For females, these include Kensington & Chelsea in London, where the difference in inequality grew over this period from 6.2 to 11.9 years, Guildford in Surrey (2.8 to 8.0 years), Stoke-on-Trent in Staffordshire (4.8 to 8.9 years), and Rotherham (6.6 to 10.4 years).

There was a significant increase for males in Erewash in Derbyshire (up from 4.9 to 9.5 years), County Durham (7.4 to 9.8 years) and Cornwall (4.3 to 6.5 years),

Across all local authorities, the report found that the lower the life expectancy, the greater the inequality in life expectancy within the area.

More than half of authorities saw an increase in life expectancy inequality for both males and females from 2010-12 to 2017-19 – but no authorities recorded a statistically significant decrease.

At a regional level, north-east England saw the biggest gap in life expectancy between the least deprived and most deprived neighbourhoods in 2017-19, at 12.2 years for males and 9.7 years for females, followed by north-west England (11.3 and 9.6 years respectively) and Yorkshire & the Humber (10.4 and 8.5 years).

The regions with the lowest inequality were all in the south: London (7.2 years for males and 5.1 for females), the South West (7.5 and 5.6 years respectively) and the South East (7.8 and 6.1 years).

North-east England recorded the largest increase in inequality for both male and female life expectancy from 2010-12 to 2017-19.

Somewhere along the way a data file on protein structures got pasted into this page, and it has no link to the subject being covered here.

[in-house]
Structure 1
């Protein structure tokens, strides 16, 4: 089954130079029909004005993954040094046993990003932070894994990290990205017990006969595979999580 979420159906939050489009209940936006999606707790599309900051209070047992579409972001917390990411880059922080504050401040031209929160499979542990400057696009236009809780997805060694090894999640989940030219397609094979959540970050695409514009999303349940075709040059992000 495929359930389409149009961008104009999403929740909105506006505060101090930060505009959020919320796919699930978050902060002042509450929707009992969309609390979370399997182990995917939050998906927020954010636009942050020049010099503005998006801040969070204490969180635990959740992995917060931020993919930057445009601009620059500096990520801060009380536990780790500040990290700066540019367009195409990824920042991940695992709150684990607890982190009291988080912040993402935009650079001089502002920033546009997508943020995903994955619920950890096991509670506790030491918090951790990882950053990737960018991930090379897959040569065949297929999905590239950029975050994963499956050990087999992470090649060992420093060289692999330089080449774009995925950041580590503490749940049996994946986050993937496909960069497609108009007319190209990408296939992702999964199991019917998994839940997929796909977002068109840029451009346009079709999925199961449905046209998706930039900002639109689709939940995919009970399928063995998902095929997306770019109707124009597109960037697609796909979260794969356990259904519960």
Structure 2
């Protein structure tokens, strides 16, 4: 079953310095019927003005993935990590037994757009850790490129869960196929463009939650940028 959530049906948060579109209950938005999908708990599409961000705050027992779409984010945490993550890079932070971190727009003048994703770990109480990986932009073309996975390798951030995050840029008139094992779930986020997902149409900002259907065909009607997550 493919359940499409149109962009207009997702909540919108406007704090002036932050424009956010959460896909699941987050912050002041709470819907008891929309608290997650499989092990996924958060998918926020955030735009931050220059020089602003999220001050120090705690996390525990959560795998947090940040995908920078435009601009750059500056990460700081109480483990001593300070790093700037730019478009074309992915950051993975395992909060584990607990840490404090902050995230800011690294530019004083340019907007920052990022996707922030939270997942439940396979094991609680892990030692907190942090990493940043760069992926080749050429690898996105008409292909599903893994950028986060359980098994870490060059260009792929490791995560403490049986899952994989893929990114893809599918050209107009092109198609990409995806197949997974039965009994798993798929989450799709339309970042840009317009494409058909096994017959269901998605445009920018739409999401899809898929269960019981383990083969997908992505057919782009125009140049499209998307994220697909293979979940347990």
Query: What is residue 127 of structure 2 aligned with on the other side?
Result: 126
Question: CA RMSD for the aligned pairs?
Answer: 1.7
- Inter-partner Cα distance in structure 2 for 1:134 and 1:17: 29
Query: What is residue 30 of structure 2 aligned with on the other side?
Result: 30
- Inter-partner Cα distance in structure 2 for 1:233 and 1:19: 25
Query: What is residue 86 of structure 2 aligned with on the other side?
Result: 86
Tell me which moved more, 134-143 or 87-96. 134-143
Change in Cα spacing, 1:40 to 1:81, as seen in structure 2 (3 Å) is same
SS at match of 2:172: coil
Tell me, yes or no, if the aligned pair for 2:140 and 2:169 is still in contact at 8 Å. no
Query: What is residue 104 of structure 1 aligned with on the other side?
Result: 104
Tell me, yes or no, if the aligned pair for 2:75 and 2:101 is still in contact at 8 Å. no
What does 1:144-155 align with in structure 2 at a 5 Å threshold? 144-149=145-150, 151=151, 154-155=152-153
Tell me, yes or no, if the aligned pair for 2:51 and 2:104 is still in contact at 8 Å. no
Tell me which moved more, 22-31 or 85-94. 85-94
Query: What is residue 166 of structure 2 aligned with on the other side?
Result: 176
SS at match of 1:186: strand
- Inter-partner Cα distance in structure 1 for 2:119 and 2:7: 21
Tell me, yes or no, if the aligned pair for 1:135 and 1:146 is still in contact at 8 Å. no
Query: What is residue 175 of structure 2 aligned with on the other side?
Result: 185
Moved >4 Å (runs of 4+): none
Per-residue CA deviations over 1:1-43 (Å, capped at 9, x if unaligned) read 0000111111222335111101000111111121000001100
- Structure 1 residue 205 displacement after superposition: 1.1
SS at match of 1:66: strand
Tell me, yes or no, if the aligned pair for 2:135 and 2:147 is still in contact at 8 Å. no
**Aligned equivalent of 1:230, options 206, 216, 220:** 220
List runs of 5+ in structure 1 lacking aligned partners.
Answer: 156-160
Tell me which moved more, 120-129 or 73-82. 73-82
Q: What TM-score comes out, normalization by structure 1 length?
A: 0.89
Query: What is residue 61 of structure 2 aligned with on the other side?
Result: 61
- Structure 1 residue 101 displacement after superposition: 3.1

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What has the government said in response?

A government spokesperson said: “As set out in our Levelling Up White Paper, we are committed to narrowing the gap in healthy life expectancy by 2030 and to increasing healthy life expectancy by five years by 2035.

“Our upcoming Major Conditions Strategy will help us do this, by tackling the key drivers of ill-health in England.

“We are also investing £15 billion in local communities across the UK as part of our long-term plan to level up, ensure opportunity is spread more equally and to reduce inequalities.

“We have given councils in England up to £64.7 billion through the Government Finance Settlement for 2024 to 2025, an increase in Core Spending Power of up to £4.5 billion or 7.5% in cash terms.”